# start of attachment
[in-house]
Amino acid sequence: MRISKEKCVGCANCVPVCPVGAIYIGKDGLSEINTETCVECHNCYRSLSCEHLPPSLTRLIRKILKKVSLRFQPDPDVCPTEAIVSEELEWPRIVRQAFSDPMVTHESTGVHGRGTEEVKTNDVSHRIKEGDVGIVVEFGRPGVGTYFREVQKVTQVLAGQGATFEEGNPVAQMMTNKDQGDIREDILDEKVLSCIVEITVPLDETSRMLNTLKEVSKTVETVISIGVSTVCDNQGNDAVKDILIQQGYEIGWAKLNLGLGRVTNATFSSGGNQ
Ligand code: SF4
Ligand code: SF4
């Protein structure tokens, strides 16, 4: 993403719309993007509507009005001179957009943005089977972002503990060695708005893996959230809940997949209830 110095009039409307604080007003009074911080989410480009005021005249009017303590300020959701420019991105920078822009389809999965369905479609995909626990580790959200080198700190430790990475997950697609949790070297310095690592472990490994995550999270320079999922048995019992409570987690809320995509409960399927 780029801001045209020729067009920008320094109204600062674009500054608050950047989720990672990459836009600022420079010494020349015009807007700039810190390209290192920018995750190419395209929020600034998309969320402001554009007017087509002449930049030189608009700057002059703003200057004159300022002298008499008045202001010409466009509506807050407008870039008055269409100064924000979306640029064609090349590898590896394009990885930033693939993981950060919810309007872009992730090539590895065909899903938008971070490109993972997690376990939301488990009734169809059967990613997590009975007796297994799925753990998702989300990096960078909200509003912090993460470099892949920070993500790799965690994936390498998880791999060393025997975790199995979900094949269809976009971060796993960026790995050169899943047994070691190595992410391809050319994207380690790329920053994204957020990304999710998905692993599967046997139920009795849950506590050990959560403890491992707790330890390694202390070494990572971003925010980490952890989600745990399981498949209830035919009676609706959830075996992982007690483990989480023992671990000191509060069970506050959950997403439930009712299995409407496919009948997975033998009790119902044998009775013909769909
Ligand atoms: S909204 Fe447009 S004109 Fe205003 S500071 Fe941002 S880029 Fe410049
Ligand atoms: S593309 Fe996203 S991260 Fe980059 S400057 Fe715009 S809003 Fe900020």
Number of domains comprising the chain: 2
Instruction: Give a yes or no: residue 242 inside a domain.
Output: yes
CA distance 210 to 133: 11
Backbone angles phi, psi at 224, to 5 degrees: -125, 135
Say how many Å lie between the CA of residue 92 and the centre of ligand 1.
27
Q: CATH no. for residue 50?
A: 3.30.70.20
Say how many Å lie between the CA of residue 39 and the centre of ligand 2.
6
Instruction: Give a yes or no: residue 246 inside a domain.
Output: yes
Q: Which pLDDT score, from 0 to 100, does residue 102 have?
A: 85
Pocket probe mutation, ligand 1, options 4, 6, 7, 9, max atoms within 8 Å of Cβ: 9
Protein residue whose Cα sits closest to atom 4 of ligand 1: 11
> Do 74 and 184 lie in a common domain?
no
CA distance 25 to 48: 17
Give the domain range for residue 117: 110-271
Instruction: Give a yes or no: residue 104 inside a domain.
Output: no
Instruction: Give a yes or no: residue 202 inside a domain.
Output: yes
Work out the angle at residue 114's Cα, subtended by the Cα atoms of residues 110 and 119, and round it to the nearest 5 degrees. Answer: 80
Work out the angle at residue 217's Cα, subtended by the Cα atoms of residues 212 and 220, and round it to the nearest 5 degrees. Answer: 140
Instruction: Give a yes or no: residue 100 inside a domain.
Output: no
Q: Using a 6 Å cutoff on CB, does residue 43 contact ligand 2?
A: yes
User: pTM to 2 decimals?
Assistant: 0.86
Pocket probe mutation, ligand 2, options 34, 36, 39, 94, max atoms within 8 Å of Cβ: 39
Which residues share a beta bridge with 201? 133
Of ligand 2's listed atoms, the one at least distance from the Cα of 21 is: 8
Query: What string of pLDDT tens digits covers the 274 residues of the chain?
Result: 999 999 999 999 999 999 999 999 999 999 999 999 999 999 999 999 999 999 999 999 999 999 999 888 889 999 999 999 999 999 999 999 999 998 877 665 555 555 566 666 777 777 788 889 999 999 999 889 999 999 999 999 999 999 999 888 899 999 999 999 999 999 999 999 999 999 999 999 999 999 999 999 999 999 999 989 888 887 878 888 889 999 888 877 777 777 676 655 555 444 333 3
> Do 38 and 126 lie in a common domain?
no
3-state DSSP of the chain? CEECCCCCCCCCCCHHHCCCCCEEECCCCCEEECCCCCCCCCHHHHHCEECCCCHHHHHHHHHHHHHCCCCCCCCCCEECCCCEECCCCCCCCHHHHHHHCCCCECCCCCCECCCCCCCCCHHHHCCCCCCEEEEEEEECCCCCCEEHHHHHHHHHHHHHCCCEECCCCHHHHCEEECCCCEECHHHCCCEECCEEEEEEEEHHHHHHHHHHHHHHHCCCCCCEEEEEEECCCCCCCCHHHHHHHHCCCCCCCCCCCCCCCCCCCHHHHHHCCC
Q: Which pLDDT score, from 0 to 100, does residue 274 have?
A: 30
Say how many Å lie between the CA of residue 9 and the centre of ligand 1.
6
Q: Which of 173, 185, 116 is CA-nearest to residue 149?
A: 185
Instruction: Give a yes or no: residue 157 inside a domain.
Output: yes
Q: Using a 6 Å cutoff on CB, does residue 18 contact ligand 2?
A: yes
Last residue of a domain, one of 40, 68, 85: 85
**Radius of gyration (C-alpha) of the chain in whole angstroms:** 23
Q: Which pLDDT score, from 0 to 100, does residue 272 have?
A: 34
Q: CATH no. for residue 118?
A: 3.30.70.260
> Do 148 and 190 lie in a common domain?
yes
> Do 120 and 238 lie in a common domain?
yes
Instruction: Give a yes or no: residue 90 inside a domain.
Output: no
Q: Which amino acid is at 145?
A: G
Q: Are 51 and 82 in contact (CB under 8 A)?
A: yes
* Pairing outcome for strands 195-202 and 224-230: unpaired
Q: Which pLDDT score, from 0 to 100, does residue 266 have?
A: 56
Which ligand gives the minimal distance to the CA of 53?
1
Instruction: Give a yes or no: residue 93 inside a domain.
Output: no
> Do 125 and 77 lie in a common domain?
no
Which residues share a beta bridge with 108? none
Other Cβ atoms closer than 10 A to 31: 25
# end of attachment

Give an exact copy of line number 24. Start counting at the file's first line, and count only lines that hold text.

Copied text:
Protein residue whose Cα sits closest to atom 4 of ligand 1: 11